Entomological “sentinel sites” are enabling researchers to trap and test malarial mosquitoes in real time.
As the late afternoon sun hovers over the horizon in the Rwandan village of Mareba, about an hour from the capital of Kigali, Innocent Bizimana prepares for the mosquitos to arrive. He settles onto a bench inside his neighbor’s house, spreads a tarp beneath his bare feet, and rolls his pant legs above his knees. He arranges little glass vials, empty and clinking, on the tarp around him, along with tufts of cotton that will serve as stoppers.
And then he waits for darkness.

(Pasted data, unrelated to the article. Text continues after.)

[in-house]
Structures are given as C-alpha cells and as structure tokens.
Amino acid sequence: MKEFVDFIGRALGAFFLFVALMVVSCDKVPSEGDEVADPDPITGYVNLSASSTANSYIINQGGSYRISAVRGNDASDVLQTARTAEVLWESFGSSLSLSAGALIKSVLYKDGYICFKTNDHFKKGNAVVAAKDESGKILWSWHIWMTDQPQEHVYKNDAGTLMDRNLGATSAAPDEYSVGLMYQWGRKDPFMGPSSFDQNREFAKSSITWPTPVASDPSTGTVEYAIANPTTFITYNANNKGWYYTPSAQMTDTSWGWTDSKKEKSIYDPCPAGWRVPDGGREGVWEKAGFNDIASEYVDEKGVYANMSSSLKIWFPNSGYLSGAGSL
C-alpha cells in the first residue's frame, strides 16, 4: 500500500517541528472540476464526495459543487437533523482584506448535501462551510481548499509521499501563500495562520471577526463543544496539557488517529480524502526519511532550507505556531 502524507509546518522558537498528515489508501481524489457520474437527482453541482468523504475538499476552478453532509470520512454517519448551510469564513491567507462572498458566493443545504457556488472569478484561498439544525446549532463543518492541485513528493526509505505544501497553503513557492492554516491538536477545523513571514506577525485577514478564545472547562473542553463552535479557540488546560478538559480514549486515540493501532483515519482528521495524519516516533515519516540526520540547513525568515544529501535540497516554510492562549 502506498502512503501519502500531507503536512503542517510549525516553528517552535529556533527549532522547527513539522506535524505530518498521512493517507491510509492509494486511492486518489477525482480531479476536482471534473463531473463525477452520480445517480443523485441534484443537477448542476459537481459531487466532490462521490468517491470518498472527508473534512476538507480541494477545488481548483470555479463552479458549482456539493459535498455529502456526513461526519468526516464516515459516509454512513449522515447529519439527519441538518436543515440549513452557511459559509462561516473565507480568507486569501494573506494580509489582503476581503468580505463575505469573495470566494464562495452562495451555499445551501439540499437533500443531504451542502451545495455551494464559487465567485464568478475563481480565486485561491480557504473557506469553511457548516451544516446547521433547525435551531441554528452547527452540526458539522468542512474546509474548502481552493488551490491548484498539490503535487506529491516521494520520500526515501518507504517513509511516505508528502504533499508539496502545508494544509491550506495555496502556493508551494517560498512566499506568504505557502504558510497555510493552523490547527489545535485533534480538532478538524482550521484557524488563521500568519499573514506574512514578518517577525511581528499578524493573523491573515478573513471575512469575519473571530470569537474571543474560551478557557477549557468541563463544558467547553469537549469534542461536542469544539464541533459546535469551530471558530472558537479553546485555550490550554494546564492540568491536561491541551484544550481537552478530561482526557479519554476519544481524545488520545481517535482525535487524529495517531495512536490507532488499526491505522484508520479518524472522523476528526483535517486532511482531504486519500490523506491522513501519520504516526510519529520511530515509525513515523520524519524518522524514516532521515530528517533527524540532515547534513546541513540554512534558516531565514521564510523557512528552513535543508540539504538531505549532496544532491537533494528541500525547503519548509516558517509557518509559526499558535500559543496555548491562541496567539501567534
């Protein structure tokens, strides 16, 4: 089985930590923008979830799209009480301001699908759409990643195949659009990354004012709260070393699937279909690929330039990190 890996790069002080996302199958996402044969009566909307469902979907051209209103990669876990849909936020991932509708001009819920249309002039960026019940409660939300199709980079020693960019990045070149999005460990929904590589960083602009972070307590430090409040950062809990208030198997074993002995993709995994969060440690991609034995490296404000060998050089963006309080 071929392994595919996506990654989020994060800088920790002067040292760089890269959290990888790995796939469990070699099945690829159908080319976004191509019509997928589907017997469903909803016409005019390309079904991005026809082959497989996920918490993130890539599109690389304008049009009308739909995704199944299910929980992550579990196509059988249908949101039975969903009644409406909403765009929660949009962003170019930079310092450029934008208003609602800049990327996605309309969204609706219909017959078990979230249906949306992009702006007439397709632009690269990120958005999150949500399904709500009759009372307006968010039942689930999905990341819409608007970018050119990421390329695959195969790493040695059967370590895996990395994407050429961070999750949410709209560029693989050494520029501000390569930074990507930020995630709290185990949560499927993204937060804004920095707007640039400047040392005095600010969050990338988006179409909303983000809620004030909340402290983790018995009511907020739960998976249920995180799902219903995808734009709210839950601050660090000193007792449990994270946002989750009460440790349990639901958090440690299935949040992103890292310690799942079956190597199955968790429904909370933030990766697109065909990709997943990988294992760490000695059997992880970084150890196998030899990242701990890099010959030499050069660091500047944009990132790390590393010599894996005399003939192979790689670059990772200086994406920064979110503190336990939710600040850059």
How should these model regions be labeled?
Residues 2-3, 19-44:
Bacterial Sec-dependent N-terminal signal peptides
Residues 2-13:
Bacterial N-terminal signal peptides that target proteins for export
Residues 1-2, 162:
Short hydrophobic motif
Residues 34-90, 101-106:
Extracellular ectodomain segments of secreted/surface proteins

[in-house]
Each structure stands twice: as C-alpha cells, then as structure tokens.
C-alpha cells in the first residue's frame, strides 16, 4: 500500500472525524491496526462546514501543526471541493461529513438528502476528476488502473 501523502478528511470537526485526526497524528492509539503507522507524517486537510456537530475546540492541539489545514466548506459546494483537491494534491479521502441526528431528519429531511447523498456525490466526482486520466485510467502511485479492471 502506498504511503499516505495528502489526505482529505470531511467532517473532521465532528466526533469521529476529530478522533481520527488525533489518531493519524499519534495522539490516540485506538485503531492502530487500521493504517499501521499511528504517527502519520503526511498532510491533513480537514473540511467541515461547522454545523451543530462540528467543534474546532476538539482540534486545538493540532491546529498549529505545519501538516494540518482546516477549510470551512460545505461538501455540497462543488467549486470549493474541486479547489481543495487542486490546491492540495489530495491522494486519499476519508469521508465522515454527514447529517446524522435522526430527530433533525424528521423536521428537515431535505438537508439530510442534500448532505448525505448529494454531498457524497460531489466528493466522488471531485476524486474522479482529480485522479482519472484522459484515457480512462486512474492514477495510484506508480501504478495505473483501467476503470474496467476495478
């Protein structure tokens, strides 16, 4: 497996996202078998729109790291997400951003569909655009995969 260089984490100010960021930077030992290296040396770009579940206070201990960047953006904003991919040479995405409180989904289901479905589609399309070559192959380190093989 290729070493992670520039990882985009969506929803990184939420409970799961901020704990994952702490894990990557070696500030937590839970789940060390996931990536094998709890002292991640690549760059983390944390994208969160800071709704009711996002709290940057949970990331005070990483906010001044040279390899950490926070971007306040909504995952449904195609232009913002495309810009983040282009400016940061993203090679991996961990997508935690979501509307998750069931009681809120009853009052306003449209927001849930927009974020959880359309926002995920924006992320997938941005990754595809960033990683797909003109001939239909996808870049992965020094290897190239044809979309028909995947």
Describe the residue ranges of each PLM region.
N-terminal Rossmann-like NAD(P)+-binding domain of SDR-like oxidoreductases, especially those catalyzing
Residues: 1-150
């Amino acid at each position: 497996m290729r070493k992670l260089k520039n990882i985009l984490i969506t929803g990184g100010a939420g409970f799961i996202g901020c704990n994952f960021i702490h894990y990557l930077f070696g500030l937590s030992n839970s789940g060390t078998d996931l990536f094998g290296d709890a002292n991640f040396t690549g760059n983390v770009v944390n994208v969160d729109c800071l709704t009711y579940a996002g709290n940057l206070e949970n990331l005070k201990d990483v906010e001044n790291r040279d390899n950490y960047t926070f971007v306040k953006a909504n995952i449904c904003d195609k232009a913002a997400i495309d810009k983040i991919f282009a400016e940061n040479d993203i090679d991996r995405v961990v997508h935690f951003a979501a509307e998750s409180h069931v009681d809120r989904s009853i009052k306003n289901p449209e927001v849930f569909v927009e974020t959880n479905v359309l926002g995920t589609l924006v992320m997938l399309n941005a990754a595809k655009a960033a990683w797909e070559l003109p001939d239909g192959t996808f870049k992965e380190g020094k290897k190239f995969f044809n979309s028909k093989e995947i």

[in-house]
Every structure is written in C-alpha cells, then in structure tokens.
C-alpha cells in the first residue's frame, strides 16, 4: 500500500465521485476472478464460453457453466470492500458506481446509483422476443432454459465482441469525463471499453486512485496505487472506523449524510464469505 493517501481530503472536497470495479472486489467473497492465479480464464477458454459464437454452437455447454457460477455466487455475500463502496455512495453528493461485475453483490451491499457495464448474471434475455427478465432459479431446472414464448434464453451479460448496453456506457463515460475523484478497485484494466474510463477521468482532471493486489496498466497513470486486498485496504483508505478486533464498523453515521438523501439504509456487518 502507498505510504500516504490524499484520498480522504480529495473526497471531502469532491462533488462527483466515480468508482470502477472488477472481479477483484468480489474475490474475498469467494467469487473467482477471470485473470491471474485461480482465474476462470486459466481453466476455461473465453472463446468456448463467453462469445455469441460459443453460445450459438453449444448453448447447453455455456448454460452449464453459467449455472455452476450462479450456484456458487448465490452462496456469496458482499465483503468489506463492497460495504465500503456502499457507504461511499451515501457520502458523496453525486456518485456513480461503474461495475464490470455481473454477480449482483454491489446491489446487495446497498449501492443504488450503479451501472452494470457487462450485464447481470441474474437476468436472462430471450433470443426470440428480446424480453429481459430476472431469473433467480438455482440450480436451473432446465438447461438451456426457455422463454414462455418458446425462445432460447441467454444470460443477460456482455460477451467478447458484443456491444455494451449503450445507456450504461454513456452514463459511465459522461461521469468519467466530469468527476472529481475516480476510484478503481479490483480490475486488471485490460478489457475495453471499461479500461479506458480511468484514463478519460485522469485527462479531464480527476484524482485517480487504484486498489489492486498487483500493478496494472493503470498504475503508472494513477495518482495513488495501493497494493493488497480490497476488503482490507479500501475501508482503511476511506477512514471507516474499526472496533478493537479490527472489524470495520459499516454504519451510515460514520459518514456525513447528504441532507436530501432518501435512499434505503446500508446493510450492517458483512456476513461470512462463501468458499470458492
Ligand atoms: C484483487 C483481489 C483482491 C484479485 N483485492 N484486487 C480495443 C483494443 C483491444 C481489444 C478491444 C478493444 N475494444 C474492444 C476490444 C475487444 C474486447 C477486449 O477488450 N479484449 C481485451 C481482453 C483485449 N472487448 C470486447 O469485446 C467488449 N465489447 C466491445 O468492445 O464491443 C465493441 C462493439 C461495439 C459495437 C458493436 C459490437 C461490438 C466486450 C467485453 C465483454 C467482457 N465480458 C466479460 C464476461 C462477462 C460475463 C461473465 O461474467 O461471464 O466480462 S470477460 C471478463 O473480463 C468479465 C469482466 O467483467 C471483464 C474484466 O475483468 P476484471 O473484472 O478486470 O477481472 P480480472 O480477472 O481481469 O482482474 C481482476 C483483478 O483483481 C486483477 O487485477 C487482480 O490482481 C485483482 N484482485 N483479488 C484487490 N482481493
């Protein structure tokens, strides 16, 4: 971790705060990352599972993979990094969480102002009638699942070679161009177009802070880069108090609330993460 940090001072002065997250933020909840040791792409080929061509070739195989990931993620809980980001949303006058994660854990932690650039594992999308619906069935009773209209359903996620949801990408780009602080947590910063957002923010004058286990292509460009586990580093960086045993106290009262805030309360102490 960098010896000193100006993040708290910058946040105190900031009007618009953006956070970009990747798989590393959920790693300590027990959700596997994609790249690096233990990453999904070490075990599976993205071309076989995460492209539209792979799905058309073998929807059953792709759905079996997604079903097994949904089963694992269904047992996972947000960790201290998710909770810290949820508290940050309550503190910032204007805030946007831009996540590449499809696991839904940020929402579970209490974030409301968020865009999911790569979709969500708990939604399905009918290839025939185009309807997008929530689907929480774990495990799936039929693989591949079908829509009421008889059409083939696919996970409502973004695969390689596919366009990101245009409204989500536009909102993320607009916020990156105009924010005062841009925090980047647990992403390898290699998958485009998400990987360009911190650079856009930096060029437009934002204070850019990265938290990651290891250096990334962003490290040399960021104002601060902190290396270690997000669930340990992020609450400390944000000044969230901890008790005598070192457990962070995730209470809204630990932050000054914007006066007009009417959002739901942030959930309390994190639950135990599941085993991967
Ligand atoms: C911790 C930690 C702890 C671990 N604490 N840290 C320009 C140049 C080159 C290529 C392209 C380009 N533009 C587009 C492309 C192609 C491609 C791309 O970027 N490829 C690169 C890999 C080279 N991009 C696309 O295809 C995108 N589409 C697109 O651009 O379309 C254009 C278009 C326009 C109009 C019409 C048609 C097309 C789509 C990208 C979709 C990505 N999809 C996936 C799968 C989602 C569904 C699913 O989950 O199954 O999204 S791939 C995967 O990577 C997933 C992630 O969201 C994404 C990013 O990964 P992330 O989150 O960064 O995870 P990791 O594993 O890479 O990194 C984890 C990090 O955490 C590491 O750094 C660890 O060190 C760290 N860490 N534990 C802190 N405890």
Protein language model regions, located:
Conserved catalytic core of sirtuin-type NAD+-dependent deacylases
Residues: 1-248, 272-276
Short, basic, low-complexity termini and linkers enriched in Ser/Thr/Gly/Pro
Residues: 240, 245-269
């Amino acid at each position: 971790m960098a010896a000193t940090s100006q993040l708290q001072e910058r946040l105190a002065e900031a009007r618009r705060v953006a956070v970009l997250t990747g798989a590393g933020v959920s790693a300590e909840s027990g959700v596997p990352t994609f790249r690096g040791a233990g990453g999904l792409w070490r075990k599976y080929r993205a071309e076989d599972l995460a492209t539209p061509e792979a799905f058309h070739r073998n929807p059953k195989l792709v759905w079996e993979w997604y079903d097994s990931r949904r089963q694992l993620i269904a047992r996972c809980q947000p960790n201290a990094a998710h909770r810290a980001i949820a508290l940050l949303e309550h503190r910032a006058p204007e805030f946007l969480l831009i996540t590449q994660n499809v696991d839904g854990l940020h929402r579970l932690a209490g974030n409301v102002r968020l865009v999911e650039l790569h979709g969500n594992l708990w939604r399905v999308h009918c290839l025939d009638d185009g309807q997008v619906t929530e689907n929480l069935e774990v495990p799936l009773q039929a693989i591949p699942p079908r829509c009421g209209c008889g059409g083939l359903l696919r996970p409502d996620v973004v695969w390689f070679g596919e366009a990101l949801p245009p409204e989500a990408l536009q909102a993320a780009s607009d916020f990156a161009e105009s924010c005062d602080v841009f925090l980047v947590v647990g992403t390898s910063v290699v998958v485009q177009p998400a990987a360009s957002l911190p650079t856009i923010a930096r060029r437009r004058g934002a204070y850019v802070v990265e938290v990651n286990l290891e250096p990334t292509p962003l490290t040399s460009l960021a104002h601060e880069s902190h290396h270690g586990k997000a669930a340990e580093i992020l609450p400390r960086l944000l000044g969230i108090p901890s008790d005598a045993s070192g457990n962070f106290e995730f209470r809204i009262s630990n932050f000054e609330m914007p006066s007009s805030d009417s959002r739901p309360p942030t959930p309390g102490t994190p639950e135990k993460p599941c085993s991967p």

Bizimana is one of 12 villagers who are paid about $3 a night to serve as bait for mosquitoes, which they trap and transfer to technicians at a nearby entomology lab that serves the whole district of Bugesera, one of the most malaria-prone regions in Rwanda. Many of the mosquitoes carry Plasmodium falciparum, a species of malaria parasite capable of killing within 24 hours of the first sign of symptoms if not treated.
Bugesera’s human bait volunteers are on the front line of malaria research in Rwanda, one of only four high-burden countries — along with India, Ethiopia, and Pakistan — that managed to see a significant decline in malaria in 2017. Read more at Undark.
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